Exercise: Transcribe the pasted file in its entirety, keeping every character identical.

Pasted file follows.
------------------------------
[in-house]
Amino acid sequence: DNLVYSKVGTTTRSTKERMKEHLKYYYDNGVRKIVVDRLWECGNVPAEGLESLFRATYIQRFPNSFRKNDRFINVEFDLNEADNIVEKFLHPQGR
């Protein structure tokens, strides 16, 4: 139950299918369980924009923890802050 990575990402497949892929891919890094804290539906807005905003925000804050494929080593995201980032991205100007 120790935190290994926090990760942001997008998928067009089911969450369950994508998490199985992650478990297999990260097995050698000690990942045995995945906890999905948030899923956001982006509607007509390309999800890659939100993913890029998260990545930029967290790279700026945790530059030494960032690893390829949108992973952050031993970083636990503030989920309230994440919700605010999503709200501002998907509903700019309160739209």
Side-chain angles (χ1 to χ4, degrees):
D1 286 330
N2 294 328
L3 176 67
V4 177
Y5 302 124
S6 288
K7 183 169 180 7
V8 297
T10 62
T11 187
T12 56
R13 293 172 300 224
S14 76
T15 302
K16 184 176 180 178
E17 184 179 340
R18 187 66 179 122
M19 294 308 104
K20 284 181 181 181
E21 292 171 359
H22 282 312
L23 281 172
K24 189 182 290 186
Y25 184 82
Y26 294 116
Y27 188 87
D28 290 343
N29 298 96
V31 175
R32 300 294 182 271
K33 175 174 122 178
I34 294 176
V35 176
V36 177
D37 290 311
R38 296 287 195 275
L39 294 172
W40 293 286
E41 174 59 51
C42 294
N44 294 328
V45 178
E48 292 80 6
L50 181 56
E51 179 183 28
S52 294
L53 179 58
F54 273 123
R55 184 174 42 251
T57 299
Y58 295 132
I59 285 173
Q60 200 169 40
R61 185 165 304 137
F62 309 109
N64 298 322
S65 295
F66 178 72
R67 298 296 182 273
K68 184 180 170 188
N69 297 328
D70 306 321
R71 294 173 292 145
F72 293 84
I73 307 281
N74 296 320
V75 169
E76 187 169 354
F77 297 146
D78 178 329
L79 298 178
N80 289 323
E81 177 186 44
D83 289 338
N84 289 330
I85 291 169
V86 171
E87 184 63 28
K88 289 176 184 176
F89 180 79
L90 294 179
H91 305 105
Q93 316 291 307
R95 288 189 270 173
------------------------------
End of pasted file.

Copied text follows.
[in-house]
Amino acid sequence: DNLVYSKVGTTTRSTKERMKEHLKYYYDNGVRKIVVDRLWECGNVPAEGLESLFRATYIQRFPNSFRKNDRFINVEFDLNEADNIVEKFLHPQGR
């Protein structure tokens, strides 16, 4: 139950299918369980924009923890802050 990575990402497949892929891919890094804290539906807005905003925000804050494929080593995201980032991205100007 120790935190290994926090990760942001997008998928067009089911969450369950994508998490199985992650478990297999990260097995050698000690990942045995995945906890999905948030899923956001982006509607007509390309999800890659939100993913890029998260990545930029967290790279700026945790530059030494960032690893390829949108992973952050031993970083636990503030989920309230994440919700605010999503709200501002998907509903700019309160739209």
Side-chain angles (χ1 to χ4, degrees):
D1 286 330
N2 294 328
L3 176 67
V4 177
Y5 302 124
S6 288
K7 183 169 180 7
V8 297
T10 62
T11 187
T12 56
R13 293 172 300 224
S14 76
T15 302
K16 184 176 180 178
E17 184 179 340
R18 187 66 179 122
M19 294 308 104
K20 284 181 181 181
E21 292 171 359
H22 282 312
L23 281 172
K24 189 182 290 186
Y25 184 82
Y26 294 116
Y27 188 87
D28 290 343
N29 298 96
V31 175
R32 300 294 182 271
K33 175 174 122 178
I34 294 176
V35 176
V36 177
D37 290 311
R38 296 287 195 275
L39 294 172
W40 293 286
E41 174 59 51
C42 294
N44 294 328
V45 178
E48 292 80 6
L50 181 56
E51 179 183 28
S52 294
L53 179 58
F54 273 123
R55 184 174 42 251
T57 299
Y58 295 132
I59 285 173
Q60 200 169 40
R61 185 165 304 137
F62 309 109
N64 298 322
S65 295
F66 178 72
R67 298 296 182 273
K68 184 180 170 188
N69 297 328
D70 306 321
R71 294 173 292 145
F72 293 84
I73 307 281
N74 296 320
V75 169
E76 187 169 354
F77 297 146
D78 178 329
L79 298 178
N80 289 323
E81 177 186 44
D83 289 338
N84 289 330
I85 291 169
V86 171
E87 184 63 28
K88 289 176 184 176
F89 180 79
L90 294 179
H91 305 105
Q93 316 291 307
R95 288 189 270 173